how much electricity does christmas lights use

How Much Electricity Does Christmas Lights Use?

Ian Mutuli
Updated on
Ian Mutuli

Ian Mutuli

Founder and Managing Editor of Archute. He is also a graduate architect from The University of Nairobi, Kenya.
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With the Christmas season approaching, you may be considering spreading the holiday cheer using Christmas lights for your home decorations. In light of the rising cost of living in the country, you may also be wondering, ‘Just how much electricity does Christmas lights use?’ We have the answer for you.

In this article, we shed light on the electricity consumption of different Christmas lights to help you make the best decision for the festivities and your wallet.

Factors That Contribute to Variations in Energy Consumption Among the Different Types of Christmas Lights

1. Bulb Type and Wattage

Bulb Type and Wattage

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The type of bulb you choose to illuminate your Christmas tree, house, or street will determine your power usage at the end of the season. Incandescent bulbs consume more energy compared to LED or fiber optic bulbs. On the other hand, solar-powered bulbs do not require electricity to illuminate your home and thus have no effect on your electric bill.

The wattage of your bulb also plays a big role in determining how much electricity you’ll have consumed at the end of the festive season. Bulbs with a high wattage usually consume more electricity than low-wattage bulbs. The wattage of your Christmas lights is usually indicated on the packaging box and small tags on the lights’ strands.

2. Number of Bulbs in the Set and Duration of Use

The more bulbs on one strand of lights, the higher the energy consumption. Additionally, the longer your lights run, the more energy they consume.

3. Additional Features and Effects on Lights

Some lights, for example, fiber optic lights, come with additional features like flashing or color change effects. These features may require more electricity to run compared to static lights.

How to Calculate Your Christmas Lights Electricity Consumption

I. Incandescent Bulbs

Incandescent bulbs come in two types, i.e., mini incandescent bulbs and C7 and C9 Incandescent bulbs. Here is a brief review of the consumption rate for each bulb type.

1. Mini incandescent bulbs

Mini Incandescent Bulbs

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These bulbs come in sets of 50 or 100 lights on a string and are mostly used in Christmas tree decorations. Each bulb consumes about 0.4 to 0.5 watts of power. As such, a typical strand of 50 bulbs uses about 20 to 25 watts, while a set of 100 consumes about 40-50 watts.

2. C7 and C9 Incandescent Bulbs

Difference between C7 and C9 Incandescent Bulbs

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These bulbs are larger than the mini lights and come in sets of 25 per string. C7 bulbs have a wattage of 5 or 7, compared to C9 bulbs’ wattage of 7 to 10. Therefore, a set of C7 lights may consume about 125 or 175 watts of electricity, while C9 incandescent bulbs consume about 175 or 250 watts. These lights are best suited for outdoor decorations.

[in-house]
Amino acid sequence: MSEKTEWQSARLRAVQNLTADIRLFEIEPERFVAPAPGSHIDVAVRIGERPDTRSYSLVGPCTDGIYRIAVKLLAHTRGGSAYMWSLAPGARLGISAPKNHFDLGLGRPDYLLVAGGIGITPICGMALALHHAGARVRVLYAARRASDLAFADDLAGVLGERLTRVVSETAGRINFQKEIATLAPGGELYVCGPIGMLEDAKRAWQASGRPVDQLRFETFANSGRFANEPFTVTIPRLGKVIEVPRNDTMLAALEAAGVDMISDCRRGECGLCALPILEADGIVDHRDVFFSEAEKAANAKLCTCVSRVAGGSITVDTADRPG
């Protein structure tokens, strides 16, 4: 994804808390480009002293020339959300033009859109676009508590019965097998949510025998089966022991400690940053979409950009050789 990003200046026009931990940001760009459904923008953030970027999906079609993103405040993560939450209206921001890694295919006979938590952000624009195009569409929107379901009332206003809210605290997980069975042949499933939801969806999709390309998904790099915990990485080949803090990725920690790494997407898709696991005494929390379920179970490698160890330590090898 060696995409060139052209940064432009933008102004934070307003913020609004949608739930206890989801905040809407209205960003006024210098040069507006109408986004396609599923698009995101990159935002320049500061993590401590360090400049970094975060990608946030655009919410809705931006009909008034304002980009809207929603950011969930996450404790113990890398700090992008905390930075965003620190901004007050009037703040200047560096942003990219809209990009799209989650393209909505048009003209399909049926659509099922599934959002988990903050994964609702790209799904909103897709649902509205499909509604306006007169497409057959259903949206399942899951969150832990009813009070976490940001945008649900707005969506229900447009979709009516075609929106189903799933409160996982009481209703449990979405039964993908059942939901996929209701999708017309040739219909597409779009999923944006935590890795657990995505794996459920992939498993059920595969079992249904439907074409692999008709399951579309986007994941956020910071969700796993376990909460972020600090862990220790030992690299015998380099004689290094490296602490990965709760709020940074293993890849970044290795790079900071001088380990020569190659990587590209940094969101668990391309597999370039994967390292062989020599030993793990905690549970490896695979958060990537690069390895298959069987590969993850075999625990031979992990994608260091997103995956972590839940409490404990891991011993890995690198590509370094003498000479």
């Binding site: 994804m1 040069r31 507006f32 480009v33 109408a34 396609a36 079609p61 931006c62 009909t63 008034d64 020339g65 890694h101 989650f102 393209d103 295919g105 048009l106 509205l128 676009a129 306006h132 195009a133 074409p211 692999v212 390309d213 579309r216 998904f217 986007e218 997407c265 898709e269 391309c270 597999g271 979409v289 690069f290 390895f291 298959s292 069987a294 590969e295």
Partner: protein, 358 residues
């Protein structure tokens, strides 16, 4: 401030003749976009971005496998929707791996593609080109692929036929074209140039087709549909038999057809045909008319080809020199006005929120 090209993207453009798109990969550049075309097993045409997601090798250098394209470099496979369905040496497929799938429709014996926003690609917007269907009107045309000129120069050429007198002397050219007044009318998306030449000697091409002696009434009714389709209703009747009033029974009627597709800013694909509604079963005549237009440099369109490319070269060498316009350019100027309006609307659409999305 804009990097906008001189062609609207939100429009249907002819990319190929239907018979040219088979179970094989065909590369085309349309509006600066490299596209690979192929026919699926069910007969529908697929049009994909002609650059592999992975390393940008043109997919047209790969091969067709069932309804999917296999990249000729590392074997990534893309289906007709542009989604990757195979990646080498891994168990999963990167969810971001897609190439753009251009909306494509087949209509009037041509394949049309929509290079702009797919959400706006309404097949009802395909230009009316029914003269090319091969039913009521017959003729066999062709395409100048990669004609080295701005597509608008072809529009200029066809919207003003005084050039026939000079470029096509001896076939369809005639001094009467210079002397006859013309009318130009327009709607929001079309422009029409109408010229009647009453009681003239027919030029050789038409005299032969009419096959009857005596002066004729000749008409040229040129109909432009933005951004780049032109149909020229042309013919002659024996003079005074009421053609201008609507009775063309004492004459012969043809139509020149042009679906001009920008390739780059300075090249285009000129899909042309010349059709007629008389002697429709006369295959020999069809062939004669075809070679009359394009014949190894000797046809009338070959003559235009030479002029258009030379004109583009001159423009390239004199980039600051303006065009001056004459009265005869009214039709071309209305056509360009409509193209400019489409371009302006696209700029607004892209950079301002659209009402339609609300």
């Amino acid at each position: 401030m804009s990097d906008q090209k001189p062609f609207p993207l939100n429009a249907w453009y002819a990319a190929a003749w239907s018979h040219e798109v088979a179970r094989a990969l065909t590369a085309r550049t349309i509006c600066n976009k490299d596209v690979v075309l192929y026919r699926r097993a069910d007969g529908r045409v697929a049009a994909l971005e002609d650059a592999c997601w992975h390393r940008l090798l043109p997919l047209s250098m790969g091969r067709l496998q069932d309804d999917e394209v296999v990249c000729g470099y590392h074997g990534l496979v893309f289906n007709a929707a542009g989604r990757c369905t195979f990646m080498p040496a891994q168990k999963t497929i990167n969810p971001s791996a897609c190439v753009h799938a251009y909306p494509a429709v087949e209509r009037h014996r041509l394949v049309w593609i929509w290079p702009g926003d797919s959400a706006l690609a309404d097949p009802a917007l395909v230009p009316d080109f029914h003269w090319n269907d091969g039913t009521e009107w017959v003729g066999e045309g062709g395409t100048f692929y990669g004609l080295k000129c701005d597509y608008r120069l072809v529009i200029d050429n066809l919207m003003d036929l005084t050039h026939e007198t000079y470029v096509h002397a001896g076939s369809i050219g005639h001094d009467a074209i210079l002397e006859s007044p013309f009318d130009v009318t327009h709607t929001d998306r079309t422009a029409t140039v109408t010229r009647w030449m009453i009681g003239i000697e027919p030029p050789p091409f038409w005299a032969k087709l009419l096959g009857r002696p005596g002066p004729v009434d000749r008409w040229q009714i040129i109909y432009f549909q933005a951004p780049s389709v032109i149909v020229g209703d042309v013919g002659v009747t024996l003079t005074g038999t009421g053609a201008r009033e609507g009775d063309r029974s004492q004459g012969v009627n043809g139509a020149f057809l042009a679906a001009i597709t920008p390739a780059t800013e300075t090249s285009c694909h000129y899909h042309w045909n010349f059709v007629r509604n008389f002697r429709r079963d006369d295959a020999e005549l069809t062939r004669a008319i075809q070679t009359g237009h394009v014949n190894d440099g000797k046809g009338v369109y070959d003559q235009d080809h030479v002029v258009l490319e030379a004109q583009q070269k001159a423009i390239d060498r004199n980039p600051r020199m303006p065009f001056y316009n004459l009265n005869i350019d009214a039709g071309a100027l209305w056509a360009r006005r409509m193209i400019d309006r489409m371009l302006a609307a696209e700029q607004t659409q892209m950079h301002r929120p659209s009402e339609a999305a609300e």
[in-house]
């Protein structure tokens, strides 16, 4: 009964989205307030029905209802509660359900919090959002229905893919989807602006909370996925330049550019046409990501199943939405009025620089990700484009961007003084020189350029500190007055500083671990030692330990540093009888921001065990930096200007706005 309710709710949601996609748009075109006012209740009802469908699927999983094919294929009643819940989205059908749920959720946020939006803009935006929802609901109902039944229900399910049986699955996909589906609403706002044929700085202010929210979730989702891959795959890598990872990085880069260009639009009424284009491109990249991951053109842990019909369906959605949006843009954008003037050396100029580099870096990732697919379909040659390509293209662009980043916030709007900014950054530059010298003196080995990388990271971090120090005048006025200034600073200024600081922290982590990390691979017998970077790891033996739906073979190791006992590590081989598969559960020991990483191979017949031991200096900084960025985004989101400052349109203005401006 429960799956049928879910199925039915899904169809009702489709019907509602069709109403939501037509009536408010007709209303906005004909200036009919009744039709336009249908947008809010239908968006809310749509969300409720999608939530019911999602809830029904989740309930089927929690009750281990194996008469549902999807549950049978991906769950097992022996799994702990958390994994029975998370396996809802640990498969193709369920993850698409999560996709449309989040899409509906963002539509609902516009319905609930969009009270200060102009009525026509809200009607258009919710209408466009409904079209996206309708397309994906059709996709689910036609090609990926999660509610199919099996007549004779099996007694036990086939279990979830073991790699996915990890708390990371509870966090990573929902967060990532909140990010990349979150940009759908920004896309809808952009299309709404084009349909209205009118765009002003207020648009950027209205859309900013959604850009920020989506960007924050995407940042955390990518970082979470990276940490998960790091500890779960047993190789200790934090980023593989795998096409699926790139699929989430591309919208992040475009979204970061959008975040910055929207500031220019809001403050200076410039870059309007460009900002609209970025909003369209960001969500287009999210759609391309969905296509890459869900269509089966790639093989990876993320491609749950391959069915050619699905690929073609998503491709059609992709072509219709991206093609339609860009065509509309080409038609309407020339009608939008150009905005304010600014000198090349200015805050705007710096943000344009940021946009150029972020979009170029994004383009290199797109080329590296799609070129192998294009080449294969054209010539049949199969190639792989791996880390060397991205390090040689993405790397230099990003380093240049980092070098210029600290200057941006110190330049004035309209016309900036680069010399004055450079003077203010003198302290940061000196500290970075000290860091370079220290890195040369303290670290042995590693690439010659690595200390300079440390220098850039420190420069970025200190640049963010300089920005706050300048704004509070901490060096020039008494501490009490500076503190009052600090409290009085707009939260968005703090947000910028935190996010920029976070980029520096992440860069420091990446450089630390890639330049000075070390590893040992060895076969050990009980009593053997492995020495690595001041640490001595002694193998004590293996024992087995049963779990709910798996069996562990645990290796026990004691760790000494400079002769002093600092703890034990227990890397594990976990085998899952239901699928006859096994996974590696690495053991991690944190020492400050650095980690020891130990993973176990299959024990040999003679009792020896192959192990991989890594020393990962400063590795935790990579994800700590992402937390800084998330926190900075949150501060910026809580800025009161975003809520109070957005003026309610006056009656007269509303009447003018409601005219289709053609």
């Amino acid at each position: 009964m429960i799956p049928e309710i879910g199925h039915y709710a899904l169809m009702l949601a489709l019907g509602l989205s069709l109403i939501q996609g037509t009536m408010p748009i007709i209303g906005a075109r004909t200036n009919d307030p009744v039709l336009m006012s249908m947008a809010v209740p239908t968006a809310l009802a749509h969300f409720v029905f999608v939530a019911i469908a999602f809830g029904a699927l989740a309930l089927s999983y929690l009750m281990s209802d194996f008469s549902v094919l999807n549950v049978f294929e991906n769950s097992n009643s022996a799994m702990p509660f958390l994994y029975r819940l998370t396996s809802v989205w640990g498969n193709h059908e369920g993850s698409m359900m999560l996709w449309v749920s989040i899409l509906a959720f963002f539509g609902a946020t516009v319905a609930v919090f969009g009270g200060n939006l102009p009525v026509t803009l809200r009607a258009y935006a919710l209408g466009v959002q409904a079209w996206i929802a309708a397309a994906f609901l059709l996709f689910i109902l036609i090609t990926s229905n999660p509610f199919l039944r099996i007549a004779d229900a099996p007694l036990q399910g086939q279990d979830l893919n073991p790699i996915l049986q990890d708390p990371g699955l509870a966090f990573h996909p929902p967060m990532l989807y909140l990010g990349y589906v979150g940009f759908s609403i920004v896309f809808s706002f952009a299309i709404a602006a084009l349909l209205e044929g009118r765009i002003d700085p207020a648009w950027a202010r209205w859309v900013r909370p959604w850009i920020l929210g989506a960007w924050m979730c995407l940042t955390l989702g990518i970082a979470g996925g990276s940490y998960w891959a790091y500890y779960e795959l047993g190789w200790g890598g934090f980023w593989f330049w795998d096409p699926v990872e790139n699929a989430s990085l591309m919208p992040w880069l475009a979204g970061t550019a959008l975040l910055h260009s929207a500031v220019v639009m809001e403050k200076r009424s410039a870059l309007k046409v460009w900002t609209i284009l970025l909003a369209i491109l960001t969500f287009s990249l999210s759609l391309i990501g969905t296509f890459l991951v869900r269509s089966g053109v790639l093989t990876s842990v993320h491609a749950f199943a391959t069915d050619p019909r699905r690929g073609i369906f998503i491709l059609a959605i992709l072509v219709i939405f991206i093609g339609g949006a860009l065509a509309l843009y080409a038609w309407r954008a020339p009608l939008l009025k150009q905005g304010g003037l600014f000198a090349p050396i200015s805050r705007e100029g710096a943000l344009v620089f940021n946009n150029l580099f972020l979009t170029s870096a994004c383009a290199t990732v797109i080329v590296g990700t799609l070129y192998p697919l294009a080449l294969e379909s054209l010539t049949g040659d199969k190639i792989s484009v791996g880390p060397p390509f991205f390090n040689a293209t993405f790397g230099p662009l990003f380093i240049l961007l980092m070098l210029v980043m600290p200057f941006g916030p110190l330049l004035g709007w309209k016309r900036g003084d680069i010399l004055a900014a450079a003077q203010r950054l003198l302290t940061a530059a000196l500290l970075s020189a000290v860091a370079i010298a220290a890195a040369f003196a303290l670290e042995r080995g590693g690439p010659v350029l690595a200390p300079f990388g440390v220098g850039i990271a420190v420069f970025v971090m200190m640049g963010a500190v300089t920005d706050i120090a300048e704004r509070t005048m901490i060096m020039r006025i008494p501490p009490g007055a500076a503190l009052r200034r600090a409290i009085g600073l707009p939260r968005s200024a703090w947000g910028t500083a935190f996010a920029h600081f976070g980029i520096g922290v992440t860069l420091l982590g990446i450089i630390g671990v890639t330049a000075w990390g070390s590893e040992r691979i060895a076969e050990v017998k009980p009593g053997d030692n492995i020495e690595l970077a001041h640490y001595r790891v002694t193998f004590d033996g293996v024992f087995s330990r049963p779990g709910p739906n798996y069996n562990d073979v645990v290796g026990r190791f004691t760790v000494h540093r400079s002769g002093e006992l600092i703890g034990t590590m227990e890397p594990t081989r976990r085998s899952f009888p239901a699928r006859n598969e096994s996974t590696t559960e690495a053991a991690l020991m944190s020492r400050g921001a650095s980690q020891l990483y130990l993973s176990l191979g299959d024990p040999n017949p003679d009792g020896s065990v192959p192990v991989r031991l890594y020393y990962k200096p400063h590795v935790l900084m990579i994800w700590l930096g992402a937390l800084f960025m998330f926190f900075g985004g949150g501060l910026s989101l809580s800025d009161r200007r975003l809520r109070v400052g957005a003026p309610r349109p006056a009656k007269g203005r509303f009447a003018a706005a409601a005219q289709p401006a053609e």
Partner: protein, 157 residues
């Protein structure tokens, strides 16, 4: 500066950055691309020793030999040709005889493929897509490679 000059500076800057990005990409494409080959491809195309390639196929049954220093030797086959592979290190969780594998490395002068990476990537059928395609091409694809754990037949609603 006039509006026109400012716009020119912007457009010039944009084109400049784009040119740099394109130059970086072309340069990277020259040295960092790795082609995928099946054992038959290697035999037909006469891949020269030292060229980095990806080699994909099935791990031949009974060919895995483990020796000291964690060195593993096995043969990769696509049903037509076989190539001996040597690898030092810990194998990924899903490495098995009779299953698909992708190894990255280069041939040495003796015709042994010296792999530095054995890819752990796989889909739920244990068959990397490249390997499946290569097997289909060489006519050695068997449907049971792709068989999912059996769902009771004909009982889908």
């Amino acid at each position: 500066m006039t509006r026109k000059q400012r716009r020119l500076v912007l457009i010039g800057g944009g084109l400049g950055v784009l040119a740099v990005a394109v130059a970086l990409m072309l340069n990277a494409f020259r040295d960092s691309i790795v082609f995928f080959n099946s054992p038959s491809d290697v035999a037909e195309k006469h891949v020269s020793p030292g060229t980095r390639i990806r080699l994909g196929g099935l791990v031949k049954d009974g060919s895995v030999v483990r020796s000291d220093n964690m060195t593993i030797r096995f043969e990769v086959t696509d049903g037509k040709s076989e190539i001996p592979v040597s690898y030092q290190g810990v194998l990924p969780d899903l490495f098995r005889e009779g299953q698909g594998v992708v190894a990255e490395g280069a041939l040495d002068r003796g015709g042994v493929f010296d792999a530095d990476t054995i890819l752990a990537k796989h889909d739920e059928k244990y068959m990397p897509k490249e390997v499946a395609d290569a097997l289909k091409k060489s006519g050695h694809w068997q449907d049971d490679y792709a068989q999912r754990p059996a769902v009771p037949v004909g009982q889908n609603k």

II. LED Lights

1. Mini LED Lights

Mini LED Lights

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These lights come in sets of 50 to 100 bulbs, each consuming about 0.04 to 0.06 watts of power. A set of 50 may consume about 2 to 3 watts of power, while a set of 100 consumes about 4 to 6 watts.

2. C7 and C9 LED Lights

C7 and C9 LED Lights

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These LED lights are bigger than mini lights and are most suited for outdoor Christmas light displays. C7 LED lights consume about 0.5 to 1 watts each, while C9 LED bulbs consume about 1 to 1.5 watts each. A set of 25 C7 LED Christmas lights may consume about 12.5 to 25 watts, while a similar set of C9 LED lights consumes about 25 to 37.5 watts.

When calculating how much electricity your Christmas lights use, follow these steps:

  • Consider the number of strings/strands needed to complete your decoration.
  • Consider how many hours you intend to have the lights running.
  • Multiply the total wattage of your strands by the number of hours the lights run, then divide the total number by 1,000 to get the kilowatts (kWh) you use daily.
  • Multiply the total kWh with your power usage cost indicated on your bill to get your daily cost.
  • Multiply your daily cost by the days you intend to have the lights on to get the total cost to expect on your energy bill by the end of the festive season.

Tips for Reducing the Energy Usage of Christmas Lights

You can still use festive lights to decorate your Christmas tree, house, or street and save money. Here are a few cost-saving tips to consider when choosing the lights: